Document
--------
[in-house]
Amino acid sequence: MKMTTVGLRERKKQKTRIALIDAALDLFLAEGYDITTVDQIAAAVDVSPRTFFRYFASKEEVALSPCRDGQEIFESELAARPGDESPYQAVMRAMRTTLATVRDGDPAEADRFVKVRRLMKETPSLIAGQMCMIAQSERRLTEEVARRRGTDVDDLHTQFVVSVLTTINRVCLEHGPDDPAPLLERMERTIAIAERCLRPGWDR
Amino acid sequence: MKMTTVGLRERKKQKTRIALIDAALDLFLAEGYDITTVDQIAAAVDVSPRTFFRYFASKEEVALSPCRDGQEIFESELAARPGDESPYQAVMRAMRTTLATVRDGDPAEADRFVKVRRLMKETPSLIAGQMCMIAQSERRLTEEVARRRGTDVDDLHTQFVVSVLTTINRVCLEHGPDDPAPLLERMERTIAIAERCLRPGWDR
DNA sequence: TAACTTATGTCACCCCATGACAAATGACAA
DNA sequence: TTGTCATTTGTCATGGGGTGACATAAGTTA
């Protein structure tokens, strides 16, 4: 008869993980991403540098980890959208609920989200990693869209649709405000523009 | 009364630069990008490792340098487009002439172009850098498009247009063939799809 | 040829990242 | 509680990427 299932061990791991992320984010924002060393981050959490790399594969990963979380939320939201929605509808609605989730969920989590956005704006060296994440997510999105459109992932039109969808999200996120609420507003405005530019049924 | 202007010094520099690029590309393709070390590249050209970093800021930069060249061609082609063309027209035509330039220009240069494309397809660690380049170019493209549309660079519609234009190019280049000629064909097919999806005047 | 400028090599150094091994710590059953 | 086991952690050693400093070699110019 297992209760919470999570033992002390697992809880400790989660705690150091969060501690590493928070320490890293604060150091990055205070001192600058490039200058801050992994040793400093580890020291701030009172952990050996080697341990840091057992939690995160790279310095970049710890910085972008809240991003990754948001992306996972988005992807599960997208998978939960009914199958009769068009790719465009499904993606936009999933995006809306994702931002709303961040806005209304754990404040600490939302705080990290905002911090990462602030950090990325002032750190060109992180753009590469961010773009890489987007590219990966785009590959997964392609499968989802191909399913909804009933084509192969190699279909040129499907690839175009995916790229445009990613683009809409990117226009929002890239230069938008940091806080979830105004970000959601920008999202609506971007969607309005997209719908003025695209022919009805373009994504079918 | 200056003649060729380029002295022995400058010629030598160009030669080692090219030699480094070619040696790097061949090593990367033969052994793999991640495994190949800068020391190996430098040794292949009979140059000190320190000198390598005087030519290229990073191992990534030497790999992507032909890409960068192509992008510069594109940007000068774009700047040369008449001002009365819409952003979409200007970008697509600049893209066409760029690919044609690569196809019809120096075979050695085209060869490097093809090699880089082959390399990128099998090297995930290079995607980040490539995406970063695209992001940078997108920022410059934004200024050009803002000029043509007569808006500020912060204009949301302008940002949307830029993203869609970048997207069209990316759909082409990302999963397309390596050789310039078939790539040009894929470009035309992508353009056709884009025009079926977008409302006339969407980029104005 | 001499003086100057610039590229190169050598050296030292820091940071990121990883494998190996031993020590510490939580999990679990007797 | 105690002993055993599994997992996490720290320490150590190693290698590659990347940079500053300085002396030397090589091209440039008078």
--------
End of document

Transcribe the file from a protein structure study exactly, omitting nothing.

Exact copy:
[in-house]
Amino acid sequence: MKMTTVGLRERKKQKTRIALIDAALDLFLAEGYDITTVDQIAAAVDVSPRTFFRYFASKEEVALSPCRDGQEIFESELAARPGDESPYQAVMRAMRTTLATVRDGDPAEADRFVKVRRLMKETPSLIAGQMCMIAQSERRLTEEVARRRGTDVDDLHTQFVVSVLTTINRVCLEHGPDDPAPLLERMERTIAIAERCLRPGWDR
Amino acid sequence: MKMTTVGLRERKKQKTRIALIDAALDLFLAEGYDITTVDQIAAAVDVSPRTFFRYFASKEEVALSPCRDGQEIFESELAARPGDESPYQAVMRAMRTTLATVRDGDPAEADRFVKVRRLMKETPSLIAGQMCMIAQSERRLTEEVARRRGTDVDDLHTQFVVSVLTTINRVCLEHGPDDPAPLLERMERTIAIAERCLRPGWDR
DNA sequence: TAACTTATGTCACCCCATGACAAATGACAA
DNA sequence: TTGTCATTTGTCATGGGGTGACATAAGTTA
């Protein structure tokens, strides 16, 4: 008869993980991403540098980890959208609920989200990693869209649709405000523009 | 009364630069990008490792340098487009002439172009850098498009247009063939799809 | 040829990242 | 509680990427 299932061990791991992320984010924002060393981050959490790399594969990963979380939320939201929605509808609605989730969920989590956005704006060296994440997510999105459109992932039109969808999200996120609420507003405005530019049924 | 202007010094520099690029590309393709070390590249050209970093800021930069060249061609082609063309027209035509330039220009240069494309397809660690380049170019493209549309660079519609234009190019280049000629064909097919999806005047 | 400028090599150094091994710590059953 | 086991952690050693400093070699110019 297992209760919470999570033992002390697992809880400790989660705690150091969060501690590493928070320490890293604060150091990055205070001192600058490039200058801050992994040793400093580890020291701030009172952990050996080697341990840091057992939690995160790279310095970049710890910085972008809240991003990754948001992306996972988005992807599960997208998978939960009914199958009769068009790719465009499904993606936009999933995006809306994702931002709303961040806005209304754990404040600490939302705080990290905002911090990462602030950090990325002032750190060109992180753009590469961010773009890489987007590219990966785009590959997964392609499968989802191909399913909804009933084509192969190699279909040129499907690839175009995916790229445009990613683009809409990117226009929002890239230069938008940091806080979830105004970000959601920008999202609506971007969607309005997209719908003025695209022919009805373009994504079918 | 200056003649060729380029002295022995400058010629030598160009030669080692090219030699480094070619040696790097061949090593990367033969052994793999991640495994190949800068020391190996430098040794292949009979140059000190320190000198390598005087030519290229990073191992990534030497790999992507032909890409960068192509992008510069594109940007000068774009700047040369008449001002009365819409952003979409200007970008697509600049893209066409760029690919044609690569196809019809120096075979050695085209060869490097093809090699880089082959390399990128099998090297995930290079995607980040490539995406970063695209992001940078997108920022410059934004200024050009803002000029043509007569808006500020912060204009949301302008940002949307830029993203869609970048997207069209990316759909082409990302999963397309390596050789310039078939790539040009894929470009035309992508353009056709884009025009079926977008409302006339969407980029104005 | 001499003086100057610039590229190169050598050296030292820091940071990121990883494998190996031993020590510490939580999990679990007797 | 105690002993055993599994997992996490720290320490150590190693290698590659990347940079500053300085002396030397090589091209440039008078």